How Does The Yellow Wallpaper Respond To The Treatment Of Women In Frankenstein

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According to Webster's Dictionary, feminism is the “belief in and advocacy of the political, economic, and social equality of the sexes expressed especially through organized activity on behalf of women's rights and interests”. All three texts contain some aspect of feminism; Frankenstein by Mary Shelley and The Yellow Wallpaper by Charlotte Perkins Gilman examines the lack of feminism and thus its effect on the lives of women while A Vindication of the Rights of Women by Mary Wollstonecraft details the fight for equal opportunities and rights for women, a radical idea at the time. Thus, The Yellow Wallpaper responds to the treatment of women in Frankenstein by cementing women's lack of freedom, independence, and individuality during the 1800s. …show more content…

The women in Frankenstein and The Yellow Wallpaper are sheltered. As Victor is recounting his childhood in the beginning chapters, he explains that his father “strove to shelter [Caroline]…from every rougher wind” (Frankenstein, 35). Alphonse, Victor’s father, shelters his wife which isolates her from the rest of the world; she is unable to interact with people other than her family and close friends - people who Alphonse approves of. Additionally, he prevents her from seeing the different personalities of women. Due to this, Caroline believes that the only role for women is a caretaker who obeys her husband because this idea is the only one she sees. To the same idea, the narrator, Jane, in The Yellow Wallpaper is physically sheltered as she is on bed rest per her husband's orders. Jane describes her room; the room has “...windows are barred for little children” (The Yellow Wallpaper”, 76). The bedroom Jane is trapped in resembles a prison cell. To further shelter Jane, her husband does not allow her to see other people; Jane hopes to see her cousin Henry and Julia but “...John says…he would soon put fireworks in my pillow-case as to let me have those stimulating people about now” (The Yellow Wallpaper, 78). …show more content…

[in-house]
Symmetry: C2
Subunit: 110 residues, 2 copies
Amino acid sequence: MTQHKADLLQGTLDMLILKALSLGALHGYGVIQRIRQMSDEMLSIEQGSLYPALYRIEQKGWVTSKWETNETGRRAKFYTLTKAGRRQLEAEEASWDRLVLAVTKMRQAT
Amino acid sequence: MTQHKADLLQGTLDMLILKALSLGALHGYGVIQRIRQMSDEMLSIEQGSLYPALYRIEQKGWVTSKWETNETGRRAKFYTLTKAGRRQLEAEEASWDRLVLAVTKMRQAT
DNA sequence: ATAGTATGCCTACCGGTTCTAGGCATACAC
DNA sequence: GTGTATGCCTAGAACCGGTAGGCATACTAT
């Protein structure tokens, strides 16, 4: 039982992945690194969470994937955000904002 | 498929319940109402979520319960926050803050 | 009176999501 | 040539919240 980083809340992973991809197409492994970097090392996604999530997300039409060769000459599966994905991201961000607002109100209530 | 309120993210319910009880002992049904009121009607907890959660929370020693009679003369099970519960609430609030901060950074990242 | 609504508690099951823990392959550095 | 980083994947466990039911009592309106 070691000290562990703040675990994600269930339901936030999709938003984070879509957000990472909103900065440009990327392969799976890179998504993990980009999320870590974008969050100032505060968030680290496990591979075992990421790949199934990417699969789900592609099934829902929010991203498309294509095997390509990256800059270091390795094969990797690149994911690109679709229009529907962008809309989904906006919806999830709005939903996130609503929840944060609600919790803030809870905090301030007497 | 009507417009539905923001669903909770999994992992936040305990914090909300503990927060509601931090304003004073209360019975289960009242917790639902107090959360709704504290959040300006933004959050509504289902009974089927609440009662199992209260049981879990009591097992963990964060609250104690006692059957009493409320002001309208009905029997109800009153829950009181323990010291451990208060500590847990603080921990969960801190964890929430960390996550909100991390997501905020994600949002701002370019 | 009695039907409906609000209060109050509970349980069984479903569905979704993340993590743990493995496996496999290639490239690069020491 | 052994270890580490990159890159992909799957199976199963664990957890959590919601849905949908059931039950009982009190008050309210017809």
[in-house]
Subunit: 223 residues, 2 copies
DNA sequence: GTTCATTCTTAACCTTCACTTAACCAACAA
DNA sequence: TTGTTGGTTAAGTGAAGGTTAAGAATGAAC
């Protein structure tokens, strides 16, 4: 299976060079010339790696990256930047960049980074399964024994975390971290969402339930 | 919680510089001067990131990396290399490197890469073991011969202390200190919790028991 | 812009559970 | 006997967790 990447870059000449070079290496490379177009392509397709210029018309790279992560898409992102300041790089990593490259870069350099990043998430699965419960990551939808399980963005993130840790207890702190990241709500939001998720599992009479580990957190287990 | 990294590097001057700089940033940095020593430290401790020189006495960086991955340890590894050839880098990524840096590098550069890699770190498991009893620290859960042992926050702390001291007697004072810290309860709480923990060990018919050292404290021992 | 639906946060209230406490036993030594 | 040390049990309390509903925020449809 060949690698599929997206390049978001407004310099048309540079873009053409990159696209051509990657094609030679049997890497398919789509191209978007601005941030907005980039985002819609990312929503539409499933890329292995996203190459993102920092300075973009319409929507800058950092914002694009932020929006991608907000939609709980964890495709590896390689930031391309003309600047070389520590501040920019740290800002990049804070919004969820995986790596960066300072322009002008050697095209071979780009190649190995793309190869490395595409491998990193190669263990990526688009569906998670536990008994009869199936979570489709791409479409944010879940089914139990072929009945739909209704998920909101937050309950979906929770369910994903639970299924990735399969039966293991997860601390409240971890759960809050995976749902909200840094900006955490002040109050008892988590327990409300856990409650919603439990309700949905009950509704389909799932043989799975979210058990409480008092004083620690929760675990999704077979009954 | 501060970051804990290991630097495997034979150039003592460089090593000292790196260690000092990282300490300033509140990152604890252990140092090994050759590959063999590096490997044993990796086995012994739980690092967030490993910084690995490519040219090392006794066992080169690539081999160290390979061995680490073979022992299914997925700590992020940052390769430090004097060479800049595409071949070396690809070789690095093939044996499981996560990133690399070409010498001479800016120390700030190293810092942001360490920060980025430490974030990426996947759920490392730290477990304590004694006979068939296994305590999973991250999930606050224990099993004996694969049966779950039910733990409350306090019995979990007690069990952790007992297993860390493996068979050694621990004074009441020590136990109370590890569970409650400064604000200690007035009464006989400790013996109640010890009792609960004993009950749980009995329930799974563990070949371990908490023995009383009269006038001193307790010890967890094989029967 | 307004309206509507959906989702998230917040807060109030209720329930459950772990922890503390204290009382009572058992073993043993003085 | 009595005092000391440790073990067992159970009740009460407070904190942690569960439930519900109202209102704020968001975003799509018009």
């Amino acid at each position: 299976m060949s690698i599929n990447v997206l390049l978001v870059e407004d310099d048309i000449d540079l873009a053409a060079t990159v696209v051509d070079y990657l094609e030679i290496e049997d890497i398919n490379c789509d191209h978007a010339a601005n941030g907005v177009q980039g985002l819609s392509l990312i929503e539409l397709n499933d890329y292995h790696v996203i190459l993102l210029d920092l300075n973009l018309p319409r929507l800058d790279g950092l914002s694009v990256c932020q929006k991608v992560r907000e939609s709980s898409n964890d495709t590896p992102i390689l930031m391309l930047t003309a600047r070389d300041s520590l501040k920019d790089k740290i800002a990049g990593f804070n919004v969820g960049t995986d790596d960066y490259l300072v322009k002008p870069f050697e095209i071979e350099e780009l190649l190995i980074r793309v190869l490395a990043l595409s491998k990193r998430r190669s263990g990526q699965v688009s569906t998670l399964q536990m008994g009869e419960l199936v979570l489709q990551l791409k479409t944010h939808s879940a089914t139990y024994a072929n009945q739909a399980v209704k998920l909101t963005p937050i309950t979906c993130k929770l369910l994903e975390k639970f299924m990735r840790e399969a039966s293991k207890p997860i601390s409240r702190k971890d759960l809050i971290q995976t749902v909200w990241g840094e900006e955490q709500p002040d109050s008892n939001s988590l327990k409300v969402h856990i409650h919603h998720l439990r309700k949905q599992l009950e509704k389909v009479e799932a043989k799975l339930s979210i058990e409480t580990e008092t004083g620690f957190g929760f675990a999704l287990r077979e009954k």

This is one of the many consequences of the absence of equality as suggested by Mary Wollstonecraft in A Vindication of the Right of Women. Wollenstonecraft states that the knowledge women have is gained by “sheer observations on real life” (Wollstonecraft, chapter 2). Since Alphonse shelters Caroline, she does not gain any other knowledge different from what she already knows. She will always believe that a woman is to serve as a caretaker for her husband and children and she is to obey every wish and expectation put on her. Furthermore, Wollstonecraft cements the dire need to educate women through the relationship between Victor and Elizabeth. Elizabeth was presented to Victor as a “promised gift” which Victor views as a “possession of [his] own” (Frankenstein, 36). Essentially, Elizabeth is viewed as an object for Victor to play with. Wollstonecraft suggests that “there will be an end to blind obedience [when you] strengthen the female mind by enlarging it” (Wollstonecraft, chapter 2). Elizabeth blindly obeys Victor, and the entirety of the Frankenstein family, because she knows what is expected of her. Further, since Elizabeth is sheltered, she is unable to gain more diverse knowledge; she doesn't know that she can gain some independence and freedom if she stops blindly obeying Victor and conforming to the caretaker

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